According to many estimates, big-neighbor Russia would also qualify as a matriarchy. Yet Protestantism started out with a blank sheet in Mongolia – it was not encumbered with the centuries-old Christian traditions of its northern neighbor. Mongolia’s starting point was the Protestant world’s status quo of 1990 – not 1850.


Reasons for non-denominationalism

Mongolian Protestants deny that their non-denominational approach was inspired by China’s 1951-founded “Patriotic Three-Self Movement”. Church contacts with its southern neighbor are limited and usually consist of sending persons to serve ethnic-Mongolian minorities.


Western missionaries like to point out that Mongolians are very committed to evangelism and church growth; they and their Western friends tend to see denominationalism as an impediment. Many young believers are not even aware of the existence of Christian denominations. One foreign worker reports that after explaining what a “denomination” was, the women responded: “Why would they want to do that?  Don’t they all worship the same God?” The Mongolian position can be described as: “We are part of the Kingdom of God and worship the one true God.” Koreans and Westerners may speak of their local congregations in denominational terms - a fact which Mongolians usually miss. Mongolian non-denominationalism is clearly here to stay: Even those groups which pull back from the MEA pick generic names. They do not as a rule revert to traditional denominational names.


Mongolian practice probably also reflects the fact that Western denominations have “farmed out” foreign mission to specialized, inter-denominational mission societies over the last half-century. Those planting non-denominational congregations in Mongolia were themselves already members of non-denominational missions.


But not all missions and churches in the country accept the non-denominational approach. Some Assemblies of God, Baptist, Evangelical Free and Korean groups have chosen to go it alone. “Some groups are very hard to work with”, one worker concedes. “But there is movement towards a greater willingness to work together.”


Not surprisingly, controversies have emerged among the very diverse groups. Particularly vocal has been a dispute concerning the Mongolian word for “God”. An Englishman has been struggling to keep Mongolian believers from using the Buddhist word “Burhan”. He formed his own “Bible Society of Mongolia” in 1990 and later broke with the “United Bible Societies”. On his webpage he insists: “BSM does not cooperate with organizations which choose to refer to God in Mongolian using traditional terms which conflict with his character as shown in the Bible.”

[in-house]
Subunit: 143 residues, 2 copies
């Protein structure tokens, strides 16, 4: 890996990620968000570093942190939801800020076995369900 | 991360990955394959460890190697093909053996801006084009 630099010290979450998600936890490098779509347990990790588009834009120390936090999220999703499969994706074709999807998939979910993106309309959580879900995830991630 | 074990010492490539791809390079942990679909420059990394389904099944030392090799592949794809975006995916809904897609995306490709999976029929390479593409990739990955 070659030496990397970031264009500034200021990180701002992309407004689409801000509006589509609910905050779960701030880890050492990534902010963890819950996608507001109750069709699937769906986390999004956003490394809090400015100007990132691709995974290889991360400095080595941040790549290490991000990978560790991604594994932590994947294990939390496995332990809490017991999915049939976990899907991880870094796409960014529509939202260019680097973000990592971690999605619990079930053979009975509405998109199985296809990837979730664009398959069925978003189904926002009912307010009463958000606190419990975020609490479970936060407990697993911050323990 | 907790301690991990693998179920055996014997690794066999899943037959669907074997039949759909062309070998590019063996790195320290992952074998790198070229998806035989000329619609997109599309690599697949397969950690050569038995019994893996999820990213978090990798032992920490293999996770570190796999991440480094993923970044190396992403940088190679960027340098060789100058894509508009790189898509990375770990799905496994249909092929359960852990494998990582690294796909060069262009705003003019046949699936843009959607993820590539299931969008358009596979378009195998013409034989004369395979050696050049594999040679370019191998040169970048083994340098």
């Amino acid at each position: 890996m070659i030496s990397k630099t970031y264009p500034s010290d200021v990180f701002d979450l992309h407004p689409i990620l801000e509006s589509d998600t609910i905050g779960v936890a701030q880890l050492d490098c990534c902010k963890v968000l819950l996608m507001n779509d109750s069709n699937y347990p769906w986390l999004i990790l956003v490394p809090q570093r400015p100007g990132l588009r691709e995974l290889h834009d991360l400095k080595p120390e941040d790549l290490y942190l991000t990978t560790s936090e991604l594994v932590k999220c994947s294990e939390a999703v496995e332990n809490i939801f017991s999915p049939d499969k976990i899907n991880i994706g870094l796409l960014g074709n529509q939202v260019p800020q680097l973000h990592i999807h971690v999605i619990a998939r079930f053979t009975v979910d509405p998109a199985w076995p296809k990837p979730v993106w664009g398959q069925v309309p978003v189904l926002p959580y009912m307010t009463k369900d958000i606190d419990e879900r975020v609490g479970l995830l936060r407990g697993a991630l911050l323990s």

But one worker maintains that 99% of the congregations use the word “Burhan”, which he describes as pre-Buddhist terminology. The first complete Mongolian Bible, which was published in 2000, uses precisely this term.


Obviously, a church non-existent prior to 1990 and forced to “get up to speed” within record time, is facing challenges. Until 2013, economic growth was as high as 17% per annum and one foreigner describes Mongolia as a setting where “pre-modernism, modernism and post-modernism all co-exist and clash”. One result of that challenge is that which Westerners define as corruption. Mongolians have no historic experience with non-profit organizations and one missionary laments that proper practice on financial issues is rarely taught. “Designated giving” is a tough practice to comprehend: “Do you not trust us?” is a common response when foreign donations are not used as stipulated.


Using Protestant churches as a shortcut to a new life in the West is a practice by no means restricted to Mongolia. One foreigner complains on his webpage that “many who a few years ago had been heralded as Christian leaders of the future are now living in the USA and working in secular jobs”. Indeed, there are more Mongols living outside of than within the state of Mongolia. China alone is home to more Mongols than Mongolia itself.


Have the Mongolians achieved something significant; have they broken through to a new frontier reaching beyond traditional denominational divisions? “Yes!” insists one worker. “Mongolians stick to the basic Gospel truth: God loved us so much that He sent His only son to die for us. We are one in Christ.”


William Yoder, Ph.D.
Gvardeysk/Russia, 17 August 2017


Release #17-11, 1.394 words